Andy Murray has revealed he has previously suspected his opponents of doping — the latest episode of the sport’s drug crisis.
Tennis headlines in 2016 have been dominated by drugs since Maria Sharapova confessed she had tested positive for banned substance meldonium at the Australian Open in January.
And while a reprieve, due to a technicality, looks possible for the highest-paid female athlete in world sport, her revelation has triggered significant debate on the issue.
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World No.2 Murray has been outspoken, calling for more tests and more investment in anti-doping measures, and his latest public comments are sure to set the tennis world talking.
Speaking to The Daily Mail, Murray revealed he has previously asked himself whether his opponents have been doping.
“I have played against players and thought, ‘They won’t go away’,” Murray said.
“Or ‘They don’t seem to be getting tired’. Have I ever been suspicious of someone? Yeah. You hear things.
“It’s harder to tell in our sport as people can make big improvements to a stroke or start serving better because they have made technical changes.
“If it’s purely physical and you’re watching someone playing six-hour matches over and over and showing no signs of being tired, you’d look at that.”
Murray also spoke of training with American Wayne Odesnik, who was banned for importing human growth hormone in 2010, and then given a 15-year suspension in 2015 for another doping violation.
The Scot, who at the time of Odesnik’s second ban said it was “good that he’s off the tour”, said in this interview that in a 2010 training session, Odesnik’s upper body – he practised without a shirt – was “huge”.
Sharapova’s ban ‘positive’ for tennis
Murray, who again queried why the sport was not spending more on the doping program rather than prizemoney, thinks Sharapova’s ban has been good for tennis.
He took issue with the way the incident was handled, though, after Sharapova made her own announcement before authorities did, and thinks a change to those rules will help the sport.
“When someone like Sharapova is banned, I see that as being a positive,” he said.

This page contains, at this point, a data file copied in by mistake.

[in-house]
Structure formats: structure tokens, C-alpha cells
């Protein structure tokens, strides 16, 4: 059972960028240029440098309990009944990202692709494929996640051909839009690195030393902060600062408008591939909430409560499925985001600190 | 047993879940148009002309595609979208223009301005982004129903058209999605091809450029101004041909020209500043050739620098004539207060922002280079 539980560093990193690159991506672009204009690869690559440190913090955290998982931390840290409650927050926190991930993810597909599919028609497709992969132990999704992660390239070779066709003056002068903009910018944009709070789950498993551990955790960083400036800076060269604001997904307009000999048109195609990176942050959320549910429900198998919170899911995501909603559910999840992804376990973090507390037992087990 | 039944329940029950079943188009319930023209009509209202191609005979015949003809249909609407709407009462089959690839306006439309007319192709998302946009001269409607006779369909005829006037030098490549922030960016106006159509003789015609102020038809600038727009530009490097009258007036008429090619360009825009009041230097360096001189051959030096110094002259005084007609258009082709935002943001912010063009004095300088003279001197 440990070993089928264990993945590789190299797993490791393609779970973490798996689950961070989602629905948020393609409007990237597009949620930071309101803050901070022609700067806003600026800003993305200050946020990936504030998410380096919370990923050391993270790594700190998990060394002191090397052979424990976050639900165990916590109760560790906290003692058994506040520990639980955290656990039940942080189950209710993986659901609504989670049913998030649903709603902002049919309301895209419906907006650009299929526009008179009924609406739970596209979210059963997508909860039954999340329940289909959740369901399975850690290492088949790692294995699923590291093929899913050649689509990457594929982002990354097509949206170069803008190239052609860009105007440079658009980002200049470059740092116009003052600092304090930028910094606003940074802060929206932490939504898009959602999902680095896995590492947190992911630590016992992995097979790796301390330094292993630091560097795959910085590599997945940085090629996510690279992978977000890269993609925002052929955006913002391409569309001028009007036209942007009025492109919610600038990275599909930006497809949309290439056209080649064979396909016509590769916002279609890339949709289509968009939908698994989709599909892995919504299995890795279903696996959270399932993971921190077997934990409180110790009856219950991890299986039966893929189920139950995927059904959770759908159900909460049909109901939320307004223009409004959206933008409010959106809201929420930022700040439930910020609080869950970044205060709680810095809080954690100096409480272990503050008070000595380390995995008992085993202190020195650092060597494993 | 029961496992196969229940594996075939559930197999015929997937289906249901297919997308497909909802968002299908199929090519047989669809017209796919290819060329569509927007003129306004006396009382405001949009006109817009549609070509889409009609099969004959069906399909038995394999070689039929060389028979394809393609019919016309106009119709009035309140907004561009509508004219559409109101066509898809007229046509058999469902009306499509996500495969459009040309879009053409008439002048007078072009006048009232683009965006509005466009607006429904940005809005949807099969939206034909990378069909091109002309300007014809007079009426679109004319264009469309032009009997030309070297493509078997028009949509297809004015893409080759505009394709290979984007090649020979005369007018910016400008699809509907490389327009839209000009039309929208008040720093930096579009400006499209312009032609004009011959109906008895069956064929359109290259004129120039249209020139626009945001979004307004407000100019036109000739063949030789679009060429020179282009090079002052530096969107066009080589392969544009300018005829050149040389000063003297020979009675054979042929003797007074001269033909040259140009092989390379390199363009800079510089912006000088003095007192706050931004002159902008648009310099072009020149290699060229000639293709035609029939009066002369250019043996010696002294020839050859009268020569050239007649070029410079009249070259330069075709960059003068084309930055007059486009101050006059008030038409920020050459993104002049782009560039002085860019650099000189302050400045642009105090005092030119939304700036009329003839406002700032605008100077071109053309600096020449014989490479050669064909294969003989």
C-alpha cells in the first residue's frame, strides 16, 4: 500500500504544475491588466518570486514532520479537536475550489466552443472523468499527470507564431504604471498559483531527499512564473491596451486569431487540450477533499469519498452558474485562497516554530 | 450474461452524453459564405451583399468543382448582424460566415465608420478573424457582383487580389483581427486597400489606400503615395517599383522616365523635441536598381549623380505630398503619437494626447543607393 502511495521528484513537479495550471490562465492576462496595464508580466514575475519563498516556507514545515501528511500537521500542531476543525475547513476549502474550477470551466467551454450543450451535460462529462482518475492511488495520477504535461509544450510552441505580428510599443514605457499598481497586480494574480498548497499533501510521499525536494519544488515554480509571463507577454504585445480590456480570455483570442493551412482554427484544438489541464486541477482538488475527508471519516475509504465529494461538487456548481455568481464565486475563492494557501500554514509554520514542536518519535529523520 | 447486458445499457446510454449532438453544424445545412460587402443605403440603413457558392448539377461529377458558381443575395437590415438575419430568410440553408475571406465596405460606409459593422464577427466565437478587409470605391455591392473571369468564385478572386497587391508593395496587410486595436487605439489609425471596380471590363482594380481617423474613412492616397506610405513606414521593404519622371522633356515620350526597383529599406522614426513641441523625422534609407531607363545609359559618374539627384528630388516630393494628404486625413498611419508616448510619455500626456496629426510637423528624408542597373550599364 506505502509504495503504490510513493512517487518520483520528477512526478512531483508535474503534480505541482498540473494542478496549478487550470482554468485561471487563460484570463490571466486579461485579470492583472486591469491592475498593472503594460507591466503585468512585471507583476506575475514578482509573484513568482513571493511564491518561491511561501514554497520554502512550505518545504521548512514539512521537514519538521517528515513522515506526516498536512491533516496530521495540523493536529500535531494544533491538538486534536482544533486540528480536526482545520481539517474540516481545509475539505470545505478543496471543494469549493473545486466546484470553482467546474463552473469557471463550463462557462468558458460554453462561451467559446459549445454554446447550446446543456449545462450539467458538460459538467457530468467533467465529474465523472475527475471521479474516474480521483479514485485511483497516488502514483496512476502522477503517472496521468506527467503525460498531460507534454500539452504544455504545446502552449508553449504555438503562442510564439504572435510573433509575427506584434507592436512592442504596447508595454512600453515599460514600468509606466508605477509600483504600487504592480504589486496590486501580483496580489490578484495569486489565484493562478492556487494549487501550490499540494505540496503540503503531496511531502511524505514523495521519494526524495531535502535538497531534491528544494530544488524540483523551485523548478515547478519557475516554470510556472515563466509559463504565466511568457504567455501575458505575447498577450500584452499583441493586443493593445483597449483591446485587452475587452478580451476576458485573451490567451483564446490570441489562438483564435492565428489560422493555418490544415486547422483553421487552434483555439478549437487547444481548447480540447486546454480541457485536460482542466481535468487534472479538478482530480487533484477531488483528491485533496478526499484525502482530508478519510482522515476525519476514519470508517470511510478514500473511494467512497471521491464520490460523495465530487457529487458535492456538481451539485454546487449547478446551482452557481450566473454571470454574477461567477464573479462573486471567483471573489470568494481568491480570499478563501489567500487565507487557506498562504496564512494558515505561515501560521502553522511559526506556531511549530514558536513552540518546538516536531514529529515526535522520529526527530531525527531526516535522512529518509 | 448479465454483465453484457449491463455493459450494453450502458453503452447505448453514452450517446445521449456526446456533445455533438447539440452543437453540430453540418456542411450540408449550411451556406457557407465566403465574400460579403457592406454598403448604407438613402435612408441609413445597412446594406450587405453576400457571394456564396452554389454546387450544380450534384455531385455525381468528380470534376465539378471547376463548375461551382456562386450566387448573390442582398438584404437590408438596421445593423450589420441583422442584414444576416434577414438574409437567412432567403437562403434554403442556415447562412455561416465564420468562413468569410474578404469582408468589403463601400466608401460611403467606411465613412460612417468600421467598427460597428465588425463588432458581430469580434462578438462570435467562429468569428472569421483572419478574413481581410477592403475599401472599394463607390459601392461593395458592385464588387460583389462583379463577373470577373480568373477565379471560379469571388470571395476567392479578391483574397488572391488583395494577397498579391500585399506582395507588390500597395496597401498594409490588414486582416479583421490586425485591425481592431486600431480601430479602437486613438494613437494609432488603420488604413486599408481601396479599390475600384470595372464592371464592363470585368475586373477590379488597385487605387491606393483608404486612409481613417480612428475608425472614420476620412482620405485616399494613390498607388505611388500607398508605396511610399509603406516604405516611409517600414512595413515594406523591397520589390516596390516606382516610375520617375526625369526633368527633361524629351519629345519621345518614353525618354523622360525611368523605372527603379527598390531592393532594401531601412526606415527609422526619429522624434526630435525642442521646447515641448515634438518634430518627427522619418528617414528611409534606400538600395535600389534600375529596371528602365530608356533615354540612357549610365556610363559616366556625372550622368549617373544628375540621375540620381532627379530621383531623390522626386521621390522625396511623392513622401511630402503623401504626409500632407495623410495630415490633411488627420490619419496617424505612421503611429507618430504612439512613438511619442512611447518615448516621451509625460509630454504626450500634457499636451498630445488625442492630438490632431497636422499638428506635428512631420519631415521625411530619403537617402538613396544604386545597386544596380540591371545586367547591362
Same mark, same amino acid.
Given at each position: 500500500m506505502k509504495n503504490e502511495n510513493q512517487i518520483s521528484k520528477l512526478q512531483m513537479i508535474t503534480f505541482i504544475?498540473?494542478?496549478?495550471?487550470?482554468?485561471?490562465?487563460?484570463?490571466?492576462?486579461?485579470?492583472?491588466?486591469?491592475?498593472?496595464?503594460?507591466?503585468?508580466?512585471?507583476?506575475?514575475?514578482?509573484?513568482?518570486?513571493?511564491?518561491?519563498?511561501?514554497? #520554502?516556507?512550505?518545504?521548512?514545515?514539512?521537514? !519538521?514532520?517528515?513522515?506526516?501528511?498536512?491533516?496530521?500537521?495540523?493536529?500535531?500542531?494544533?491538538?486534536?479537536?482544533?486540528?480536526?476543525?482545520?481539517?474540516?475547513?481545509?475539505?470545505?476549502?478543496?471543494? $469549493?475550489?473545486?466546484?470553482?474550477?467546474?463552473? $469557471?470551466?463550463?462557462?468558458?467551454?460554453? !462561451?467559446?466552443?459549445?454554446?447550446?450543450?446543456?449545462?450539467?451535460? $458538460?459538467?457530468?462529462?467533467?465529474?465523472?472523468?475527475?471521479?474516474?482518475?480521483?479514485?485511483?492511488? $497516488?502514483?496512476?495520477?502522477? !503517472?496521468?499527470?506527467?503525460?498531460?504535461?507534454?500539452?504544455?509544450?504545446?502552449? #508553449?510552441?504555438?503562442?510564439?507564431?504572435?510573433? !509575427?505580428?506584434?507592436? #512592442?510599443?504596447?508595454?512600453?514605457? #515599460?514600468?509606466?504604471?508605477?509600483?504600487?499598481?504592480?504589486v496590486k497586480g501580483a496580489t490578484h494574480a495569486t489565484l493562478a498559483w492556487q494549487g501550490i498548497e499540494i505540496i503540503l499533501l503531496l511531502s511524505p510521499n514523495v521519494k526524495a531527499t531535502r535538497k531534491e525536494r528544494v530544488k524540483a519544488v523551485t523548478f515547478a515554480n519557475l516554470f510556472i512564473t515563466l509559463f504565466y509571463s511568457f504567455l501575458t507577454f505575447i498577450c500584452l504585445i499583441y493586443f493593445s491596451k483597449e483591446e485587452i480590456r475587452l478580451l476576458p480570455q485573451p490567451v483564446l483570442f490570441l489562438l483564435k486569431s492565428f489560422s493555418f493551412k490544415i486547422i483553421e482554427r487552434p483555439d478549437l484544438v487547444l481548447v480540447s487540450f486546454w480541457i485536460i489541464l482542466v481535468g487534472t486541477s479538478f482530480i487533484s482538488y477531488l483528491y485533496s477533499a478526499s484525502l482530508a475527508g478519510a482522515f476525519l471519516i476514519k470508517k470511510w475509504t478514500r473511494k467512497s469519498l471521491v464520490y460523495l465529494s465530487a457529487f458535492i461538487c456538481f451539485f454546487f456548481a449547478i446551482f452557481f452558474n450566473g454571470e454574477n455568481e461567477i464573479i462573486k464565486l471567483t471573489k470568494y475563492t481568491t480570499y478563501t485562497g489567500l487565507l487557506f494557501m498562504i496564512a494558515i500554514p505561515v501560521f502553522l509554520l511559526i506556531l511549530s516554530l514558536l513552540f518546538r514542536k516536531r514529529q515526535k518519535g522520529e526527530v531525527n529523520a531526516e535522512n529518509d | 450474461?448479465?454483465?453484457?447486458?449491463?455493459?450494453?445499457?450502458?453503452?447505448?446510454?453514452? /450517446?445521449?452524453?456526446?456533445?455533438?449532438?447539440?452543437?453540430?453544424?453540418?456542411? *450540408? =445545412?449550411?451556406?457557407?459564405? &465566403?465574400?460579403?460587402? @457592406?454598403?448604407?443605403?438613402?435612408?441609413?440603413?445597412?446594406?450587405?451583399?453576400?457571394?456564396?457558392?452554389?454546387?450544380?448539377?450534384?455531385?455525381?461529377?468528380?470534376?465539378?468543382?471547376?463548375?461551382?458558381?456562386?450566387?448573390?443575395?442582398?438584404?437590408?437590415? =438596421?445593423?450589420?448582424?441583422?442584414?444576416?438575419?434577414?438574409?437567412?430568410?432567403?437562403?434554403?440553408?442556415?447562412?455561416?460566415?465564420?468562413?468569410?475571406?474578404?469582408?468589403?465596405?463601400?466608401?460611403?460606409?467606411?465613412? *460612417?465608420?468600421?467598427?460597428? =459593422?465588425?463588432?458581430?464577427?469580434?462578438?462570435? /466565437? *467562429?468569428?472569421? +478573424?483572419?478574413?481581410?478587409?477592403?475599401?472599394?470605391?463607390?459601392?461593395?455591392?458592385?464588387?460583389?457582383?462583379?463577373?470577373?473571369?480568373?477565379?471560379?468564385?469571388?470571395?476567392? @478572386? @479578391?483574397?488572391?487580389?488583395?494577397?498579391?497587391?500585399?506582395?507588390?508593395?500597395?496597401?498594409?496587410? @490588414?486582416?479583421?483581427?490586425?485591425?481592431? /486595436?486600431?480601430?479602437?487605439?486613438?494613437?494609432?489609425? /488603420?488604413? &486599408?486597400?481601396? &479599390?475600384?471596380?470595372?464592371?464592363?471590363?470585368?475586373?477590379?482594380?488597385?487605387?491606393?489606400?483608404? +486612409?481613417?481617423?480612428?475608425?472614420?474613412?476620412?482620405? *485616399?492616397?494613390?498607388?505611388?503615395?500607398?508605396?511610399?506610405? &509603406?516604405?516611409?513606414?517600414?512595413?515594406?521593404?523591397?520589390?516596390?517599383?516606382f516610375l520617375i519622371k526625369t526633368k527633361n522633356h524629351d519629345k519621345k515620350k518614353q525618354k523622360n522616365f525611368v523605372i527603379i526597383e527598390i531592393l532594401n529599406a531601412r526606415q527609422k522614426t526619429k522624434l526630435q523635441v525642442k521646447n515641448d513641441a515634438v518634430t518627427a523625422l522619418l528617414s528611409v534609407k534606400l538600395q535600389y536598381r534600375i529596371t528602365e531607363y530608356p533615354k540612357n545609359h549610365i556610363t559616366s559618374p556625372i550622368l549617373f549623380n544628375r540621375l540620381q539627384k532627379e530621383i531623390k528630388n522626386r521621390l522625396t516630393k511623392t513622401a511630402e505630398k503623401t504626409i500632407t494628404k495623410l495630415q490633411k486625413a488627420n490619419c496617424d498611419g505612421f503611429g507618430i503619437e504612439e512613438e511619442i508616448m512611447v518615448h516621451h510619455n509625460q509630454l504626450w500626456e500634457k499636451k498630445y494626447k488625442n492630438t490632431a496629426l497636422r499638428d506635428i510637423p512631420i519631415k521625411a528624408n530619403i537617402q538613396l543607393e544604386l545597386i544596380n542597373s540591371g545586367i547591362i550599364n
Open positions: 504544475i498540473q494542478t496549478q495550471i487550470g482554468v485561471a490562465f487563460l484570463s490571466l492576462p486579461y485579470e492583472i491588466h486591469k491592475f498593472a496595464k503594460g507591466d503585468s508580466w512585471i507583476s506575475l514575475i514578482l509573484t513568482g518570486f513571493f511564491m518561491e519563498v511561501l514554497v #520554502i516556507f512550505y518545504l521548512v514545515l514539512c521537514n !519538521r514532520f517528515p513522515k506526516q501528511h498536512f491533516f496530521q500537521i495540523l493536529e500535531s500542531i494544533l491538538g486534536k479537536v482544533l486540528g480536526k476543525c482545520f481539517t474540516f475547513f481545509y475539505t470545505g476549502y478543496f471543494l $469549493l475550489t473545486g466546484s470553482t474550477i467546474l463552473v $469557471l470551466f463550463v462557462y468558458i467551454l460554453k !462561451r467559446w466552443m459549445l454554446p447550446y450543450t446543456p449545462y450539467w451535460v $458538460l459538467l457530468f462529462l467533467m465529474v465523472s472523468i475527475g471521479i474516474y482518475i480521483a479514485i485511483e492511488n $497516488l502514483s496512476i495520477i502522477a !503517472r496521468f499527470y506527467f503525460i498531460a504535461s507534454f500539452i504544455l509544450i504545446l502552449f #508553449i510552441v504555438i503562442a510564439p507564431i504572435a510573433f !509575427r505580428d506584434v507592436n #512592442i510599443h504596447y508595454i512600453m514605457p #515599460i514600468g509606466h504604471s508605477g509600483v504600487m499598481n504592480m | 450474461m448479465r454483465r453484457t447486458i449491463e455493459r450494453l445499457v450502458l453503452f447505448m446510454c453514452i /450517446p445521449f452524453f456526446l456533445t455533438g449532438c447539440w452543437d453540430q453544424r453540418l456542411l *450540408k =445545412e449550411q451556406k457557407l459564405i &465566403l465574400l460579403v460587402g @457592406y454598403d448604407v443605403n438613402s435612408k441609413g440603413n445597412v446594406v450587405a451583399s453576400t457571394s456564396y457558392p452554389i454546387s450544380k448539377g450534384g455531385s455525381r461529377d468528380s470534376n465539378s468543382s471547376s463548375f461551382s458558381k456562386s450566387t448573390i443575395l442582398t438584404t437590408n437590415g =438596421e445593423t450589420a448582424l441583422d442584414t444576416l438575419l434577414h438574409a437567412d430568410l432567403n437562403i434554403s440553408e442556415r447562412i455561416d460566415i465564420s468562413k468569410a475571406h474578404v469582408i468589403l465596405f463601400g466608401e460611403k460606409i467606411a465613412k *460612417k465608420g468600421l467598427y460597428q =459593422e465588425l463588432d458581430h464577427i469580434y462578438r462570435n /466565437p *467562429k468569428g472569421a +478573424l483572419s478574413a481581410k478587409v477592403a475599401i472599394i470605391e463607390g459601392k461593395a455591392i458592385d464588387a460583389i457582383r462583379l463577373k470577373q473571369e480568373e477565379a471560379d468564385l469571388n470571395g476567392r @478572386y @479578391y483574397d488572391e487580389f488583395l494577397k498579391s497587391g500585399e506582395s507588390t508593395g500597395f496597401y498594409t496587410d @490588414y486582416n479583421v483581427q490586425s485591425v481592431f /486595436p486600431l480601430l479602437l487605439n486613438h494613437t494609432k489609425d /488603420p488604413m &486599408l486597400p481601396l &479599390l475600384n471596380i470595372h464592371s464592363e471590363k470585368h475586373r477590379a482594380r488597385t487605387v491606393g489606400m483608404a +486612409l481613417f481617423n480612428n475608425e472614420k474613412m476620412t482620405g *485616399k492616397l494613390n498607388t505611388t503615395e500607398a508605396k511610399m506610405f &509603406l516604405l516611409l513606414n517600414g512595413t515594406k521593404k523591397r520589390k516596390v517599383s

“If someone is going through that process, the tennis world should let people know and, as far as I’m aware, they are changing that rule now.
“If someone is serving that suspension period or the period where they are arguing it or trying to come to conclusions what the sentence is going to be, that is going to become public knowledge.
‘So you’re not going to have silent bans or someone saying they were injured. That happened with Croatia’s Marin Cilic, where he pulled out of Wimbledon injured. People started talking and then it came out that he had failed a drugs test. And that looks terrible.”
‘I’m not stupid, Andy… you have zero respect for me’
Murray was involved in a war-of-words with umpire Damien Dumusois during a three-set semi-final defeat to Rafael Nadal at the Monte Carlo Masters at the weekend.
“It’s fascinating what you let some of these guys get away with,” Murray first said about his opponent’s apparent time-wasting tactics after the Spaniard levelled the match at one set apiece.
He then hit a tennis ball – softly – to Dumusois as he checked a spot in the clay-court surface.
“You have zero respect for me,” Dumusois said, before adding Murray had hit the ball at him twice.
“Don’t just make stuff up,” Murray responded.
The umpire retorted with: “You can disagree, but no respect, I cannot accept that. I’m not stupid, Andy.”